Defining a fluid generation
What makes a generation? The question itself has plagued marketers and philosophers alike, and defining generations has long been an obsession of society. Grouping disparate, complex groups into one mass serves as a living embodiment of the Gestalt principle.
As the millennial marketing train begins to show its first signs of slowing, we require a new cultural obsession. Emerging to take their place is Gen Z—those born from 1996 to the present. But the issue is that no one seems to know much about them, which is unsurprising given that the oldest members are only now beginning to enter the world of work and possess disposable capital.
What they will do as employees and consumers is therefore up in the air, a fact that is confusing business and marketing strategists across a range of sectors. In putting together a book on the subject, we have not only identified the trends that are influencing this generation, but also offer an alternative thought process on the very nature of generational studies.
Video: What You Don’t Know About Gen Z
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/ Their smartphones have given them greater intellectual freedom than any generation before, as they can instantaneously access every fact, opinion, and thought ever written down or recorded. This is evolving—not degrading—their critical-thinking skills, as the quick discovery of easy answers is alleviating their minds to explore deeper, more complex issues and problems. Gen Z has grown up with technology in a way that no previous generation has, and their declining critical thinking test scores are illustrative of outdated testing methods that don’t align with or anticipate the way the human brain naturally evolves alongside technology.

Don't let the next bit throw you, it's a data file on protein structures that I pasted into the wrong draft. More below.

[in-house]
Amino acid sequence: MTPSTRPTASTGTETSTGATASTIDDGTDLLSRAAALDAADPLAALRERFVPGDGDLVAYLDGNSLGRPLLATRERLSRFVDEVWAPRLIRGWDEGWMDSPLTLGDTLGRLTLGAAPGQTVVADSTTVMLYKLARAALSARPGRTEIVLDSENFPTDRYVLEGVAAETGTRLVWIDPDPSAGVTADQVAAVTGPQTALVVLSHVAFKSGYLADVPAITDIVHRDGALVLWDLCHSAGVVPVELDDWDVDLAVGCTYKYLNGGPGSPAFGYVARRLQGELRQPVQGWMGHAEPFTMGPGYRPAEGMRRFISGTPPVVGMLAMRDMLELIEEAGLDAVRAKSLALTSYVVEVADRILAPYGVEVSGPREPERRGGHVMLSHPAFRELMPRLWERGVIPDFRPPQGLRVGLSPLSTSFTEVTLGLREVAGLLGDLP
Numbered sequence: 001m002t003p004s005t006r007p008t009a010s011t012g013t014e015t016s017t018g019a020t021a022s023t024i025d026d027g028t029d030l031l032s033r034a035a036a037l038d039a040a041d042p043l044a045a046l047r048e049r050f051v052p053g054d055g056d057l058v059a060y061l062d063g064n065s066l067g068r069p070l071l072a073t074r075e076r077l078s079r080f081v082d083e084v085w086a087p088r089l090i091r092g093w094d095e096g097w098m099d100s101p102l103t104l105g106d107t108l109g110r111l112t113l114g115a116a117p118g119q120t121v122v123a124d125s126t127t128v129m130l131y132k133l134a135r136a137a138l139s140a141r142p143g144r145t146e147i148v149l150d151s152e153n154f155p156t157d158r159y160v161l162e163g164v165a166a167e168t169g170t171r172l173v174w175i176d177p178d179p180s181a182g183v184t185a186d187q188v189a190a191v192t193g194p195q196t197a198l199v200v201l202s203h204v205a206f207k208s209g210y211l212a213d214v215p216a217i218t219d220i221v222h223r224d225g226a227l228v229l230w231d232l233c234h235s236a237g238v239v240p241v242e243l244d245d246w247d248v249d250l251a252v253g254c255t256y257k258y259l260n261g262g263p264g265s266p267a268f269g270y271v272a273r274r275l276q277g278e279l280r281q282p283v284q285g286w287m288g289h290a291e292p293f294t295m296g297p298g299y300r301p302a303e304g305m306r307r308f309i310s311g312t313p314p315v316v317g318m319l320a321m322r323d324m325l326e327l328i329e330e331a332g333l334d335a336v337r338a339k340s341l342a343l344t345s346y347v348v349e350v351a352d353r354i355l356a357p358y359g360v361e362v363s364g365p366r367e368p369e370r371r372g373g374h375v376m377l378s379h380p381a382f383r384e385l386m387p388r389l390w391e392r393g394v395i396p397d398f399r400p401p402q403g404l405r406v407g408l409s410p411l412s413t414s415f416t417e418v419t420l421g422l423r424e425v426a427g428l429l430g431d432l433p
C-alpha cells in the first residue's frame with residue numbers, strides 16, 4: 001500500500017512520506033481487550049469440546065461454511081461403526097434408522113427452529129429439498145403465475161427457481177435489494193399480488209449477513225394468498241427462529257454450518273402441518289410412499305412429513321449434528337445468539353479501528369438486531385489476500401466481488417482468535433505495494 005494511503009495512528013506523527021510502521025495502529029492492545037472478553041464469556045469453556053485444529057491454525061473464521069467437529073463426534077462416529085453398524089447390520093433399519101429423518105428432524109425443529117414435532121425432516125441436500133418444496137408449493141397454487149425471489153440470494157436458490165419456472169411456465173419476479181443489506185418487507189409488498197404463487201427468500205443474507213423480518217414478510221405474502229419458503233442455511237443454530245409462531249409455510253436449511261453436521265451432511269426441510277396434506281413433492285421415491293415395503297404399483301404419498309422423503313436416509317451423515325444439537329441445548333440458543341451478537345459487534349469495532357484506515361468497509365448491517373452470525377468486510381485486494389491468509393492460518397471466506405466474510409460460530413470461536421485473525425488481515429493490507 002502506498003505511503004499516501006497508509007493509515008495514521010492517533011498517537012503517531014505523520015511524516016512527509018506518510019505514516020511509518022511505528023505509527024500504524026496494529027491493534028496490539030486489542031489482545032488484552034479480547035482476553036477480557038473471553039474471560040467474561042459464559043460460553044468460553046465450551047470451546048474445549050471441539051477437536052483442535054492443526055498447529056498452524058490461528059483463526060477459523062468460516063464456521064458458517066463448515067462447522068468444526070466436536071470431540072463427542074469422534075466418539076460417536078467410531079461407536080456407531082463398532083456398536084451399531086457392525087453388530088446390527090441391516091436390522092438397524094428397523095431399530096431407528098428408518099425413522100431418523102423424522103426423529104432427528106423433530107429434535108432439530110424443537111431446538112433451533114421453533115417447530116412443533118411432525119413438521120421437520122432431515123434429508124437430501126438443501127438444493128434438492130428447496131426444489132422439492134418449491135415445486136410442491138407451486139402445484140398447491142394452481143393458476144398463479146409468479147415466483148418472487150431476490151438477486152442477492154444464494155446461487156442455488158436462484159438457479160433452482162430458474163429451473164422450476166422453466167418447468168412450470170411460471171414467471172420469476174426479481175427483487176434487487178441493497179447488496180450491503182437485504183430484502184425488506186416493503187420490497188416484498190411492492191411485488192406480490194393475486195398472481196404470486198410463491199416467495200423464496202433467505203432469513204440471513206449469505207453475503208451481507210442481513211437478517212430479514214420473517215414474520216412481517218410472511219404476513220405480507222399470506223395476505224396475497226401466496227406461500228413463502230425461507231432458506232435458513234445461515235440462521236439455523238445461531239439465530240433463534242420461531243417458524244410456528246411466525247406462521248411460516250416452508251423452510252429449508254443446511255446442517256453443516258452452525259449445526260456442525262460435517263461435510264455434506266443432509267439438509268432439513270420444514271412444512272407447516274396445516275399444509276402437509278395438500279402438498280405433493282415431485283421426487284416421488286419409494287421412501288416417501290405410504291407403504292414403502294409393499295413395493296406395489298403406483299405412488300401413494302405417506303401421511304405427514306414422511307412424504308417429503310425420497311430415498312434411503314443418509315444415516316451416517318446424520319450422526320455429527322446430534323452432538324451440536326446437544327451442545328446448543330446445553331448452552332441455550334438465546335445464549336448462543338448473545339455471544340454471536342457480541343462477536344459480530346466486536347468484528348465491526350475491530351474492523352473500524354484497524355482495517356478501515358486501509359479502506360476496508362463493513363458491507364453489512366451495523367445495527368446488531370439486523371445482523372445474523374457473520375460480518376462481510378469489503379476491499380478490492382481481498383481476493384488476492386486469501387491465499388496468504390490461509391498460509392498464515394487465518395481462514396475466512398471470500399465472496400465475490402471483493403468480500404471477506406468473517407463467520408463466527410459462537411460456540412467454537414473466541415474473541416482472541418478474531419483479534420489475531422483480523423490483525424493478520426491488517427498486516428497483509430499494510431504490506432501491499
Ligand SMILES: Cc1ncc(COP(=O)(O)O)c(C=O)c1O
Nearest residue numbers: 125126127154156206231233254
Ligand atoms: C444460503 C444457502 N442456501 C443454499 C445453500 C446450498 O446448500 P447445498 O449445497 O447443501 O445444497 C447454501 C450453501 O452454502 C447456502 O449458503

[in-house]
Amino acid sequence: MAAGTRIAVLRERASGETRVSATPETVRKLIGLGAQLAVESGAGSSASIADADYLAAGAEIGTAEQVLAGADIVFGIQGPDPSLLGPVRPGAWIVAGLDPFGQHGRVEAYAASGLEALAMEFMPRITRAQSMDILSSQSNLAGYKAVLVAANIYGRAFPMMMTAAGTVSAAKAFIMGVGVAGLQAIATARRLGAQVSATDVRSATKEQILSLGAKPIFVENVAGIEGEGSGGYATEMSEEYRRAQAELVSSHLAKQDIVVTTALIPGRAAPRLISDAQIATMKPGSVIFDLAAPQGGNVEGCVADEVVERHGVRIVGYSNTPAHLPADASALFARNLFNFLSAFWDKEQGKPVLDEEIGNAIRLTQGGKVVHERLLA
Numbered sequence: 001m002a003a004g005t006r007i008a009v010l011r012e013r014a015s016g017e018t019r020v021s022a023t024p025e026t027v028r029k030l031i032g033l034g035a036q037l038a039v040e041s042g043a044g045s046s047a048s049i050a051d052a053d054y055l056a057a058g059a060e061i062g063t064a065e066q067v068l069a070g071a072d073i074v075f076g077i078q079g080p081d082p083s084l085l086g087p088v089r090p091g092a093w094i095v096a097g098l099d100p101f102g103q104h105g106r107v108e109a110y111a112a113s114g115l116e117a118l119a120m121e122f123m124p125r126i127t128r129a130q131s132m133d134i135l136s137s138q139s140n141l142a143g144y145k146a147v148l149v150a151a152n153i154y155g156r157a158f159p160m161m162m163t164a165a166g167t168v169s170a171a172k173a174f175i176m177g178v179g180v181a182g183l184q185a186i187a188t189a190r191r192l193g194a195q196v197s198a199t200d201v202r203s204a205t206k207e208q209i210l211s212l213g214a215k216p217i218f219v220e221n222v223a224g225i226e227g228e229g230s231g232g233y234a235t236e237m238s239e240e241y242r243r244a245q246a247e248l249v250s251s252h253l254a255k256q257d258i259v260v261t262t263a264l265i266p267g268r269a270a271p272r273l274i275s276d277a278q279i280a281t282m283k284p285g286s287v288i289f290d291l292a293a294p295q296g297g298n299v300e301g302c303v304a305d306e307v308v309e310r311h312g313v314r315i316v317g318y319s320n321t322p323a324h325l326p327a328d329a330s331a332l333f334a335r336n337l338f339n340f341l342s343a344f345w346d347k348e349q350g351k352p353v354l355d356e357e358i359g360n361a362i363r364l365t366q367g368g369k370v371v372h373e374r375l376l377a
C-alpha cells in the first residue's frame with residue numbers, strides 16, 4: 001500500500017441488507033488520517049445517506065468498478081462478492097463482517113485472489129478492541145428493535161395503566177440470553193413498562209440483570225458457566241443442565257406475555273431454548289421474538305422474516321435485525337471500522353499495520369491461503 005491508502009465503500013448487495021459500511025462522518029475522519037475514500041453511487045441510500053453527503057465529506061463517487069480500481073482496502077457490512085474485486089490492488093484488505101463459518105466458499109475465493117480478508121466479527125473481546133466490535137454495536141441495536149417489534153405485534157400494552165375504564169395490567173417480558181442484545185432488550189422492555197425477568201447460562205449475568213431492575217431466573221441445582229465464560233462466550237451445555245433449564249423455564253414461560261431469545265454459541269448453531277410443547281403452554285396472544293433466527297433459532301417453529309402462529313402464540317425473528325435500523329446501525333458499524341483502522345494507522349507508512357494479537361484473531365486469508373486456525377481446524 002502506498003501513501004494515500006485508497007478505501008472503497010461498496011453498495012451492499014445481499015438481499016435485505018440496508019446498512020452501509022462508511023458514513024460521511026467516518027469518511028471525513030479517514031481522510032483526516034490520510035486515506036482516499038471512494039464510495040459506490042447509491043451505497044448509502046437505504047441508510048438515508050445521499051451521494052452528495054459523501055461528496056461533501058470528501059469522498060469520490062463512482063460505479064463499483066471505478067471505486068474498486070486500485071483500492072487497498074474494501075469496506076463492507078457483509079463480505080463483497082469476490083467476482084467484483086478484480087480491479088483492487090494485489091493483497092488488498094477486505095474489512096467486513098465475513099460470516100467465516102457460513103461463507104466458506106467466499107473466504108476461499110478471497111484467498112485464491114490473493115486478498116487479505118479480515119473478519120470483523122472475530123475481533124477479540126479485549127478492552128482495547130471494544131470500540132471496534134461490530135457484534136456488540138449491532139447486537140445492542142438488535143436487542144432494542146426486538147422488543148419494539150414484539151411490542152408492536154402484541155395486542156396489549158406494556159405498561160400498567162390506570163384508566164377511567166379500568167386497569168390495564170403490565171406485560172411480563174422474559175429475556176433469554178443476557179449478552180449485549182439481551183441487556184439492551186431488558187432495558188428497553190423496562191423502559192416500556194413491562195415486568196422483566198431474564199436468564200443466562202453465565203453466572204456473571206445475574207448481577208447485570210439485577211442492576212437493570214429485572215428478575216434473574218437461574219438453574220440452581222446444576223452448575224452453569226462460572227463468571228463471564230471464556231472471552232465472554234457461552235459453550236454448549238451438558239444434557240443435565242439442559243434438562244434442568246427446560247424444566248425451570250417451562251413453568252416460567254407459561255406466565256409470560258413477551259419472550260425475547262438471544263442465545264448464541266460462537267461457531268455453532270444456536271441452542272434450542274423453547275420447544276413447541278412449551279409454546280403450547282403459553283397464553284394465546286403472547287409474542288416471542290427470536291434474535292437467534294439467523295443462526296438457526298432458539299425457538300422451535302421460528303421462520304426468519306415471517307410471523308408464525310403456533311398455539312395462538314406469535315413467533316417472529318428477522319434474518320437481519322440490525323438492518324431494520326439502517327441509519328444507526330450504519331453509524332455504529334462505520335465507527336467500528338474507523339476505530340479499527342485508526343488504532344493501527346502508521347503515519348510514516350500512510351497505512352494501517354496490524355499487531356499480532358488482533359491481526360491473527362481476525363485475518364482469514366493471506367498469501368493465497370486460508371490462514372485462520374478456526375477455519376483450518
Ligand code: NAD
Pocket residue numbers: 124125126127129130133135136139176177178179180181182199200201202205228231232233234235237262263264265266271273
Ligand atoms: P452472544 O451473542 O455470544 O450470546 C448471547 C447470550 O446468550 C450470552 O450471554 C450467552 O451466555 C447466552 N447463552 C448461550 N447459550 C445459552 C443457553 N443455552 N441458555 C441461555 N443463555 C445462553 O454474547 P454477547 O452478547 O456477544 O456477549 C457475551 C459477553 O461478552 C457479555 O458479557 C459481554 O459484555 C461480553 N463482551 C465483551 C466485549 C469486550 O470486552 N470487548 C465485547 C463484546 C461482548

/ Gen Z-ers aren’t continuing the millennial trend toward collaboration. Instead, they see the world through an individualistic lens. Having lived through an era of media coverage that focuses on climate change, terrorism, economic crisis, and inequality, they are pushed toward self-preservation in a world that seems to offer them little security.
/ With Gen Z-ers spending increasingly large amounts of time “plugged in” to a growing number of social media platforms, it appears from the outside that this digital consumption is drawing people away from reality and toward fantasy. However, having grown up with Facebook in the background, they understand the limitations of social media better than anyone else. They therefore seek out platforms that allow for anonymity and authenticity, because those are the ones that allow them to drop the manufactured façade that is associated with social media.
/ As employees, Gen Z-ers will look for intellectual freedom and independent work. Having so much information at their fingertips has provided them with the confidence to seek out answers and solutions alone before collaborating on larger projects.
/ As consumers, Gen Z-ers aren’t abandoning physical goods in order to pursue pure experiences. Instead, having seen times of financial difficulty, they are looking for goods that they can quantify and derive meaning from, as opposed to the transient nature of experiences like traveling. They are also looking to blur the line between physical goods and experiences by shopping with retailers who create a transcendent shopping experience.
Creating without limitations
As Gen Z continues to develop and mature, their traits and trends will continue to emerge. However, waiting for these traits and trends to unfold so that you can produce a reactive strategy is inherently flawed. What we are advocating is for businesses to look beyond the data and see the real people they are hoping to bring on board as consumers or employees. Those looking to invent the future need to look beyond the limitations of generational boxes. Gen Z-ers see themselves as individuals, they have the technology to define themselves, and they want brands that respect that.
The answer to creating a strategy for Gen Z is to not look at them as Gen Z. The world has shifted away from mass production and unsustainable development. They are a generation caught between the seemingly juxtaposed forces of universal humanity and the desire for personalized services. By placing human-centered design that is accommodated by a multidisciplinary approach at the forefront of your organization, you can bring together these two forces in a way that makes your current and future consumers feel that they are working with a brand that doesn’t see them as a consumer, but as a person.
To learn more about Gen Z, check out our latest book.
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Download the first chapter